Spain’s hospitality sector, which is taking the brunt of the economic effects of the coronavirus pandemic, now faces its toughest months since the country emerged from its first state of alarm in June. Between the start of the summer and the third wave of the pandemic, there were certain restrictions in place, but the vast majority of establishments were still able to stay open. Now, with the post-Christmas surge in Covid-19 cases filling hospitals’ intensive care units, the authorities have once again been obliged to crack down. “The sector is in ruins, we are closed in half of Spain,” notes José Luis Yzuel, president of the hospitality business association Hostelería de España.
Ten of the country’s 17 regions have shut their bars and restaurants – with the exception of several low-incidence municipalities – and allow only home delivery, while the remaining seven regions, as well as the North African exclave cities of Ceuta and Melilla, have brought forward closing times, eliminating dinner service – one of the sector’s mainstays.
To cope with its losses, the industry is demanding an injection of non-refundable cash. “We need direct aid that will allow us to stay afloat; getting into debt is not the solution,” says Yzuel. The latest response from the government came in December in the form of a rescue plan that included rent reductions, access to financing, and cuts in taxes and Social Security contributions, but it was a far cry from what the sector is demanding. Yzuel does recognize that some regional governments have offered direct aid, but not as much as the companies are requesting. “We need an injection of funds similar to what some European countries have done – €10,000 the first month, and a percentage of turnover in the following months.”
Around 363,000 people’s livelihoods depend on the sector’s recovery. This figure is the total number of the industry’s employees who are still on the government’s ERTE furlough scheme. They account for nearly half of the total number of workers in Spain who are still on ERTEs. It does not include the 400,000 jobs that were altogether lost in the hostelry sector during 2020, most of them, 267,000, in restaurants.
The last three months of the year had a particularly devastating impact on employment due to the tightening of restrictions during the second wave of the pandemic. Catalonia, Navarre, Asturias, the Basque Country and Castilla y León introduced a total closure of bars and restaurants, and the resulting economic impact gives us some indication of what we can expect from the January restrictions. Asturias closed bars and restaurants for 40 days between November and mid-December and only allowed home delivery. According to data from the Spanish Federation of Hotel and Restaurant Catering Distribution Companies (Fedishoreca), barely 3% of establishments were open during that period and sales fell by 98% in the region. In the Basque Country, closures ran to 90% and revenue fell by the same figure.
These losses are much higher than the national average in 2020, when sales dropped 42% from 2019. The current slump has so far led to the closure of one in five businesses – around 60,000, according to José Manuel Fernández, director of Fedishoreca. The consulting firm Dipcom estimates that 75,000 companies in the sector either went under or changed hands in the past year, a dramatic situation that will continue in 2021, with estimated closures of between 25,000 and 50,000 businesses.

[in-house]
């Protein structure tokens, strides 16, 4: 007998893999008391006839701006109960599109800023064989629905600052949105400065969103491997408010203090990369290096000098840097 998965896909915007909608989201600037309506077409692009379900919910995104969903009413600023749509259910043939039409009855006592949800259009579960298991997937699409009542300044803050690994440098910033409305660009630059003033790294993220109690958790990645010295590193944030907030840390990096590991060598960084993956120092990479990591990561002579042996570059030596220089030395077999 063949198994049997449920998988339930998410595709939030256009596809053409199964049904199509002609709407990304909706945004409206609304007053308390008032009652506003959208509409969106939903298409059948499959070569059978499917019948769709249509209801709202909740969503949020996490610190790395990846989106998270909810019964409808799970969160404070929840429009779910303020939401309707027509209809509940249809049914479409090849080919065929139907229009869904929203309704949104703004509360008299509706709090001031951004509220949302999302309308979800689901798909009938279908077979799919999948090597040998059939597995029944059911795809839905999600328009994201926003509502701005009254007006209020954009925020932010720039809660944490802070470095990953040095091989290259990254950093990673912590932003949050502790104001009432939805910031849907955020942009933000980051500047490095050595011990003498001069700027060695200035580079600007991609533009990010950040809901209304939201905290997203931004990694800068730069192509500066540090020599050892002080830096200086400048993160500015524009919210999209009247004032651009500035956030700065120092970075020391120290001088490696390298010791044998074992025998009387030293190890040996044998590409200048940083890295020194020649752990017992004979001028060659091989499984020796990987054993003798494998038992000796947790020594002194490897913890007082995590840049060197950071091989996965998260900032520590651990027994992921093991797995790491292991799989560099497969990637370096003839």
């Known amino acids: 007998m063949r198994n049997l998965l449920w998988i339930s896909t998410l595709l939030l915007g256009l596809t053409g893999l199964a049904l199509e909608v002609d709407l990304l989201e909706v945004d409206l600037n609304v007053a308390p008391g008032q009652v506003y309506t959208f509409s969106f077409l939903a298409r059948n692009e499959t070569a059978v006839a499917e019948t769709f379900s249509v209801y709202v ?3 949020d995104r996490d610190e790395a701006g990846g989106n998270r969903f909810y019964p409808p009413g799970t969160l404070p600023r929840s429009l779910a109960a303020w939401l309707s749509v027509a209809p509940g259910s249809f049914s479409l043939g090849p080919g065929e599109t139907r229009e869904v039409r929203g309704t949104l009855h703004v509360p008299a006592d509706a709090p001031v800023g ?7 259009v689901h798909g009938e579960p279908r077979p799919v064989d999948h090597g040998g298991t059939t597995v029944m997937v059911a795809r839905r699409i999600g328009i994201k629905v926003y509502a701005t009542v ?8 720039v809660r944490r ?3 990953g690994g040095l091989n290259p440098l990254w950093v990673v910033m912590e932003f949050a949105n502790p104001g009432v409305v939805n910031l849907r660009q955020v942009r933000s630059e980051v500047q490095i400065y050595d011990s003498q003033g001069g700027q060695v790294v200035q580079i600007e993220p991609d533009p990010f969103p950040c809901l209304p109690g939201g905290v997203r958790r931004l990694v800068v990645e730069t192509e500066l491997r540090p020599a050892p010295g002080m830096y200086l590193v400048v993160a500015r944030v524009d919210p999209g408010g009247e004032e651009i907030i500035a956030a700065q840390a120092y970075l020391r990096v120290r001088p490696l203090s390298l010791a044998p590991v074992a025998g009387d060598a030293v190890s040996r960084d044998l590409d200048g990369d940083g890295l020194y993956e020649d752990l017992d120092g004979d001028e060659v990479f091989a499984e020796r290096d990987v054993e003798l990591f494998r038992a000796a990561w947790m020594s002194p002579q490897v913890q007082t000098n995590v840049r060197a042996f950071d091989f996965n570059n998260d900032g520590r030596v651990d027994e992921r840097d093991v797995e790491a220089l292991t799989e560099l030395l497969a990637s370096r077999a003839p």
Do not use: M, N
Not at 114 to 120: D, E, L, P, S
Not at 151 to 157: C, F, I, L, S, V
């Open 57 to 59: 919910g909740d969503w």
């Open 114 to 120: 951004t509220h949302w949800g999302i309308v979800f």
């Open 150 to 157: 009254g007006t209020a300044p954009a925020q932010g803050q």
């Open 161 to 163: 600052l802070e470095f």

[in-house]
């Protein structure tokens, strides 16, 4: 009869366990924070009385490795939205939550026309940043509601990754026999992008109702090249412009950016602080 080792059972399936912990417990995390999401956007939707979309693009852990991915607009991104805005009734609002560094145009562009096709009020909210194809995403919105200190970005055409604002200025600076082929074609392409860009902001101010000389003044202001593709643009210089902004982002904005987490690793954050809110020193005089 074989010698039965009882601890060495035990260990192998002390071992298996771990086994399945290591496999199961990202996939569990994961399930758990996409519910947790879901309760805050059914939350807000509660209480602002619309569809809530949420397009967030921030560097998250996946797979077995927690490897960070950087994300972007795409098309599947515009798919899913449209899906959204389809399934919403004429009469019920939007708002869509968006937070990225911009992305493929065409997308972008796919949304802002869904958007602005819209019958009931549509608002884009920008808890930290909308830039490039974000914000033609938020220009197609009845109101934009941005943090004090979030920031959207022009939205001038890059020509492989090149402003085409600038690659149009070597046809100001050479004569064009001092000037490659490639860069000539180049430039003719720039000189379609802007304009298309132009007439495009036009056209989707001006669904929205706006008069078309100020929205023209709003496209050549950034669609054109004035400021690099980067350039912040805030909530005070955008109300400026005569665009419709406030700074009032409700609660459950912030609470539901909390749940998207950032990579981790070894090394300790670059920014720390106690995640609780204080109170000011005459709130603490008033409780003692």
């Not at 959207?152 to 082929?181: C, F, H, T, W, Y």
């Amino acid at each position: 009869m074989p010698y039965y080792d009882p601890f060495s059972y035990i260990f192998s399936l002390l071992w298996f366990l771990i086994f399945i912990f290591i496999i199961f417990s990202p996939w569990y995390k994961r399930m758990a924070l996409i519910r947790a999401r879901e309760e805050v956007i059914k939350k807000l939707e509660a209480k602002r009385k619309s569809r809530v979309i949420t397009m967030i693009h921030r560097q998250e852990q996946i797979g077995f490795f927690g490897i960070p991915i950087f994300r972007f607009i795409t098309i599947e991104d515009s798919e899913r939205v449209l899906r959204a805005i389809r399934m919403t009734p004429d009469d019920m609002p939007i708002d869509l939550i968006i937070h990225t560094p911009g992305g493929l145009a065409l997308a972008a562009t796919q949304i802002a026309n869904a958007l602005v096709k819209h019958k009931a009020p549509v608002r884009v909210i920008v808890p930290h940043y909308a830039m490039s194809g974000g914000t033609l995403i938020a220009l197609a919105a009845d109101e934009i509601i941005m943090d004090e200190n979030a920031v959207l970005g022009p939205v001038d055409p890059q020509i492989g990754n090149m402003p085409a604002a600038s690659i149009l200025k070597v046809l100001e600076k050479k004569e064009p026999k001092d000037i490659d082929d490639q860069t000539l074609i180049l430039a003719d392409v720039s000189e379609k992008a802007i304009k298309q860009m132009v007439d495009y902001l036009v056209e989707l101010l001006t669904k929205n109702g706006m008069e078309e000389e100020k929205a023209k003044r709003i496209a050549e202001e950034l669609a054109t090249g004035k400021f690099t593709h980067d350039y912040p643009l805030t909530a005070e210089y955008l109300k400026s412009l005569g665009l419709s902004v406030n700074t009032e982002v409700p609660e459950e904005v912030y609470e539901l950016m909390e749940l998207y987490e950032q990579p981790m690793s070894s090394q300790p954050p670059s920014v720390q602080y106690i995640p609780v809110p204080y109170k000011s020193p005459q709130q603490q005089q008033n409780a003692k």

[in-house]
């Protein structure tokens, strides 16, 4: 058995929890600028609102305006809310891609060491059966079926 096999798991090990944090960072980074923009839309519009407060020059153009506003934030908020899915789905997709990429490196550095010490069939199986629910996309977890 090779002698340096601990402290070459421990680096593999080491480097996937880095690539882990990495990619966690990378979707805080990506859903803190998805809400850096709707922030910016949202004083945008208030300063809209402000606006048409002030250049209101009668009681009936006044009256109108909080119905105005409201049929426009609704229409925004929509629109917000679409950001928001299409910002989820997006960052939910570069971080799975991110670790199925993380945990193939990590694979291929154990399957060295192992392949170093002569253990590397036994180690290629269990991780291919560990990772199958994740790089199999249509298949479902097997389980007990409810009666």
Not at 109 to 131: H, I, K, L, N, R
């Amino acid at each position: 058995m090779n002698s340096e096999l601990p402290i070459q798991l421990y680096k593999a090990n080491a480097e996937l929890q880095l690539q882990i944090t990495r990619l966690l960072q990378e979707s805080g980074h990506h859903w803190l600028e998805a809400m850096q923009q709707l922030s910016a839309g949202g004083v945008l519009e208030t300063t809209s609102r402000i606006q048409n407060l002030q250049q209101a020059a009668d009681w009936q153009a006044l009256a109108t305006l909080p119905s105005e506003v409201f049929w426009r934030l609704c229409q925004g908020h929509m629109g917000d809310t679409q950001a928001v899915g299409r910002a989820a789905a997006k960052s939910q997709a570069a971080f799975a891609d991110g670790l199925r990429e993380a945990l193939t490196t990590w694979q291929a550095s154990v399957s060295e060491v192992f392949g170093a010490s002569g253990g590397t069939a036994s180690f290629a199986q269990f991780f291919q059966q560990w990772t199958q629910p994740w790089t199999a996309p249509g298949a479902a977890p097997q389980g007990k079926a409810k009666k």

Four restaurateurs told EL PAÍS what it means to face new restrictions after 10 months of the pandemic.
Open for card games
Café Bar Viaducto | Madrid
“These days I open for the sake of opening,” says Carlos Lloret. That’s not just a figure of speech, it really is the case: during the first two days of the new restrictions, he has had just seven customers – his friends, who come to play cards to keep him company. He has been running the Viaducto bar for the past 21 years – a bar just a stone’s throw from the Royal Palace in Madrid and that used to open at the time it now has to close. “Those of us who either don’t have outdoor seating or don’t open in the mornings are essentially dead,” he says. Since March, there hasn’t been a month when Lloret has covered his expenses and, until last week, he was making “even less” than just 20% of what he made last year.
Just when he thought things couldn’t get any worse, the Madrid region moved closing time forward from 11pm to 9pm. Traditionally, Lloret’s bar would attract people coming out of the restaurants in the area as well as young people who were out in La Latina. But that’s all gone by the wayside. With the new opening hours, his friends suggested he should reinvent himself and start serving snacks at noon. “After 20 years doing the same thing? Do I start serving vermouth? Do I start a kitchen service? Reinventing yourself sounds great, but I’m not an inventor,” he says.
The surrounding businesses are just as badly off or worse, says Lloret, who survives thanks to his savings and the fact that he has no employees to support. He does the math and, of six businesses in the vicinity, four “are going down the drain” and the other two have already closed.
Asked for his opinion about the coming months, Lloret sounds pessimistic but resigned. “I do better in winter than in summer, but I’ve just had the worst Christmas I can remember,” he says. Bars in the area depend a lot on the local fiestas of San Isidro and La Paloma, held in the months of May and August, so 2021 is looking to be a complicated year as well.
No exceptions for luxury dining